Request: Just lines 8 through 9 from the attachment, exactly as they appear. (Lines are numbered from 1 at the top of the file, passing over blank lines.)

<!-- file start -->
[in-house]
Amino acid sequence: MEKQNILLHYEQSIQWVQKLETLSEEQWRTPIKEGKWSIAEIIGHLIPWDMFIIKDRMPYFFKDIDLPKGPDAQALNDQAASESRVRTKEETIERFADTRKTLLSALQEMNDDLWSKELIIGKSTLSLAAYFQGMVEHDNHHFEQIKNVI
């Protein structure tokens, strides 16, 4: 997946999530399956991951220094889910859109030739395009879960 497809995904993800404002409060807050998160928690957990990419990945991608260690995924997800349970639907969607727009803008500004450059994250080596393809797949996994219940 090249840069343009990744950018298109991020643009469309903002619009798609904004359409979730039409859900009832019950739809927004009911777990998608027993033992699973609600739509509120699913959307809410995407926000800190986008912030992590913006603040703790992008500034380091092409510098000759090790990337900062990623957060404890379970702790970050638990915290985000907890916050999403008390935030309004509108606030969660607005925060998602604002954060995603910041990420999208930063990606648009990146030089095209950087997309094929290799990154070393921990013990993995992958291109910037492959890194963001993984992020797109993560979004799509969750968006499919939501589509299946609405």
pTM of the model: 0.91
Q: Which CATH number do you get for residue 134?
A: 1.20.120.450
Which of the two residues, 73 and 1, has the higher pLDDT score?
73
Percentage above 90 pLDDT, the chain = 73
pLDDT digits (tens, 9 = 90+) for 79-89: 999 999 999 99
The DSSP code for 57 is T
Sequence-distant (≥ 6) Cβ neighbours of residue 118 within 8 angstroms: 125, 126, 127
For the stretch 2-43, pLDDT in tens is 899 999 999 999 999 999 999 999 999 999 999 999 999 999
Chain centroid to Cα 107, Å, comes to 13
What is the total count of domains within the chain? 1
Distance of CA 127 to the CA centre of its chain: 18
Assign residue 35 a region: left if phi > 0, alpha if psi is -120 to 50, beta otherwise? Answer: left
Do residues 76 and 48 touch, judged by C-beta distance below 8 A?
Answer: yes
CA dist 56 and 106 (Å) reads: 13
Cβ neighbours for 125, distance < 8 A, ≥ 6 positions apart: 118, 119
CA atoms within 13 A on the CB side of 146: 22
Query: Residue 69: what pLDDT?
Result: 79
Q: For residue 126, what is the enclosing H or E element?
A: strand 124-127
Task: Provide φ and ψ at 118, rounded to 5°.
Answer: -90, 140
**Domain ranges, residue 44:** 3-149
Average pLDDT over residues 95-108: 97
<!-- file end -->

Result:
73
Percentage above 90 pLDDT, the chain = 73